Gaspar Gasparian

Mediunic

1952

Not on display
Artist
Gaspar Gasparian 1899–1966
Original title
Mediunico
Medium
Photograph, gelatin silver print on paper
Dimensions
Image: 395 x 294 mm
Collection
Lent by the Tate Americas Foundation, courtesy of the Latin American Acquisitions Committee 2014
On long term loan
Reference
L03595

Summary

Mediunic is a black and white silver gelatin photographic print made by Brazilian artist Gaspar Gasparian in 1952. Shot in his studio in São Paulo in a controlled environment, the image depicts a dark glass bottle seen through a piece of ribbed plate glass. Gasparian’s choice of subject is typical of traditional still life, yet his purposeful arrangement of the objects creates a deliberate distortion, with a series of strong diagonal lines interrupting the form of the bottle and breaking up the background. Gasparian often used props in the studio to create such distortions. The print was not editioned: Gasparian generally made very few prints, with a maximum of three per image.

The use of physical objects as filters anticipates the use of filters attached to the camera lens and, more recently, to the way contemporary photographers use filters available in digital technology. Gasparian’s approach to shooting and his darkroom technique were both unconventional. He completed all of his cropping and editing in the darkroom, beginning by taking a wide angle shot encompassing an entire scene and then arriving at the final cropped image from the contact print, often disregarding the main point of action and instead focusing on an abstract angle or shadow.

Throughout his twenty-year career Gasparian made work both in the studio and on the street, showing his versatility and will to experiment. This work – and another, slightly later work also in Tate’s collection, Triple 1958 (Tate L03596) – is typical of his studio practice, which commonly included still life studies and experiments with light and shadow. He often used glass and other studio props to produce manipulated effects, or complicated studio setups to suggest illusions of scale and depth of field. Gasparian also practiced street photography, making work in both São Paulo and Rio de Janeiro as well as in post-war Europe.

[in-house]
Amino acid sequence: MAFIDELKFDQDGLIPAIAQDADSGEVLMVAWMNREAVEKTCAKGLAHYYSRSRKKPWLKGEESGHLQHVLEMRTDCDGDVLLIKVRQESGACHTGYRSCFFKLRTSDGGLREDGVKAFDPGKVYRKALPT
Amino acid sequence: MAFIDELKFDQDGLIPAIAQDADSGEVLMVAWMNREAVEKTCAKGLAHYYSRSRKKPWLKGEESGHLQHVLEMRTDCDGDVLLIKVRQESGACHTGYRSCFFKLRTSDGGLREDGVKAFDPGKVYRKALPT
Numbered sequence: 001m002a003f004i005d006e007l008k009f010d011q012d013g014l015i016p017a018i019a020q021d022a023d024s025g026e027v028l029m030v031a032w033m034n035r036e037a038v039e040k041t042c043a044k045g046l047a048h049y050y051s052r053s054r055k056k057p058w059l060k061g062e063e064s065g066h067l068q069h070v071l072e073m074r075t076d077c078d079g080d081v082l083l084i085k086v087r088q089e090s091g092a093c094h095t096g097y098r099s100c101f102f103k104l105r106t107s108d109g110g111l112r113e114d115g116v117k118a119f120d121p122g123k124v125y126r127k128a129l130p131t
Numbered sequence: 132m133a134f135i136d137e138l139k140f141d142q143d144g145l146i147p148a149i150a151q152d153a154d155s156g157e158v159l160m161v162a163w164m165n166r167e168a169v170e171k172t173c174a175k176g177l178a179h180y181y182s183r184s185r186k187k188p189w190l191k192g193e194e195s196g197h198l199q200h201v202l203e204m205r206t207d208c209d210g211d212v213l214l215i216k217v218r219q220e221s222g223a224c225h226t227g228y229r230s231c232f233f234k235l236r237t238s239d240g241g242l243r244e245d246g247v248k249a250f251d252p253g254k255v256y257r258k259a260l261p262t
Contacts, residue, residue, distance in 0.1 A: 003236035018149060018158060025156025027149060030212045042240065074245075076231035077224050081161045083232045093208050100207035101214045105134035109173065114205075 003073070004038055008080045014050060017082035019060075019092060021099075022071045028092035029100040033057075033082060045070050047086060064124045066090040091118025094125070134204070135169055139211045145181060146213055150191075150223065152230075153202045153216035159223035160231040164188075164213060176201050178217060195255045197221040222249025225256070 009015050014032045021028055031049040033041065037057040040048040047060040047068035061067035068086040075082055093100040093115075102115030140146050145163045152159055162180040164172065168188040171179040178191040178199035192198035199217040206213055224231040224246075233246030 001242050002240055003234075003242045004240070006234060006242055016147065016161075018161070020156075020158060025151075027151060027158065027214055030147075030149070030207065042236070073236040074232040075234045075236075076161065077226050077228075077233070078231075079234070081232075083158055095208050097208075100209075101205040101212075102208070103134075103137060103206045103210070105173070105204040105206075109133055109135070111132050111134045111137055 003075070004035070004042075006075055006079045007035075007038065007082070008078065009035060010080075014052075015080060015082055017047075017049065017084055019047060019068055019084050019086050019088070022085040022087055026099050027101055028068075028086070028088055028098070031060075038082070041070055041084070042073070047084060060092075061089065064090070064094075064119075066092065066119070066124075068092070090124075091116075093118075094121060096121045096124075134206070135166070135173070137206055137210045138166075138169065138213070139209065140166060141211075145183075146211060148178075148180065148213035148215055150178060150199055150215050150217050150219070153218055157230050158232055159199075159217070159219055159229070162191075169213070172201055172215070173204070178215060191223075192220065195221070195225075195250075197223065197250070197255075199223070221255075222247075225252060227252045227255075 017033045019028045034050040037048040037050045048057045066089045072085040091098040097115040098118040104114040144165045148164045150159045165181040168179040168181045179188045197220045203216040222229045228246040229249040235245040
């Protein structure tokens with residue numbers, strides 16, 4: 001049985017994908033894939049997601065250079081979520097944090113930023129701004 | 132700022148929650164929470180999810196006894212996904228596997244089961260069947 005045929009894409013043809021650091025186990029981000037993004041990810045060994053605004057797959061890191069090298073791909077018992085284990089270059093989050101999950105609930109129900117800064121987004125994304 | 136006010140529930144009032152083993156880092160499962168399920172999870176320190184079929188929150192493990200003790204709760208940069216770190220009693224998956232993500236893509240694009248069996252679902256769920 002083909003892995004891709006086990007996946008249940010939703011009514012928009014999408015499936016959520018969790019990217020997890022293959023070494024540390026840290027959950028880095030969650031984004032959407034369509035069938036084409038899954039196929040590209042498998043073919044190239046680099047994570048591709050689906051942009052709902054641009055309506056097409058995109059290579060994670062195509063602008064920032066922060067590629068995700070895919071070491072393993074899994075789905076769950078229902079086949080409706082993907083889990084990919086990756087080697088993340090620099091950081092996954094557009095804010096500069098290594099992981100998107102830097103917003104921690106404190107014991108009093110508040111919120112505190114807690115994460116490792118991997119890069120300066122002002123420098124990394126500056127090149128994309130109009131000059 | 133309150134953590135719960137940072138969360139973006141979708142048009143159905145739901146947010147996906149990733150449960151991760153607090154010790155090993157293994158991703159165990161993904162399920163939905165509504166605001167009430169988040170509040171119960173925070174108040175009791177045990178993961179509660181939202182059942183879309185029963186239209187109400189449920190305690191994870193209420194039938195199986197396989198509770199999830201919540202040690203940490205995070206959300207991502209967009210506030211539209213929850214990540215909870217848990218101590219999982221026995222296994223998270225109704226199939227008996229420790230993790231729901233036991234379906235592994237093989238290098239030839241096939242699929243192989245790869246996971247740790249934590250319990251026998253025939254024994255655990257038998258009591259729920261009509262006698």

A member of several experimental photo clubs in Brazil throughout his career, in the 1950s Gasparian formed the so-called ‘Group of Six’, a collective of photographers engaged with furthering discussions around photography and photographic technique, aiming to push the medium further towards abstract and modernist aesthetics. Part of the Group’s activity involved them setting themselves tasks based on the experimental photographing of still life, and this image is representative of the tabletop compositions that Gasparian produced during this period.

Further reading
Gaspar Gasparian: Un fotografo Paulista, São Paulo 1988.
Gaspar Gasparian: A Photographer, exhibition leaflet, Pinacoteca de Estado de São Paulo, São Paulo 2010.

Shoair Mavlian
May 2014

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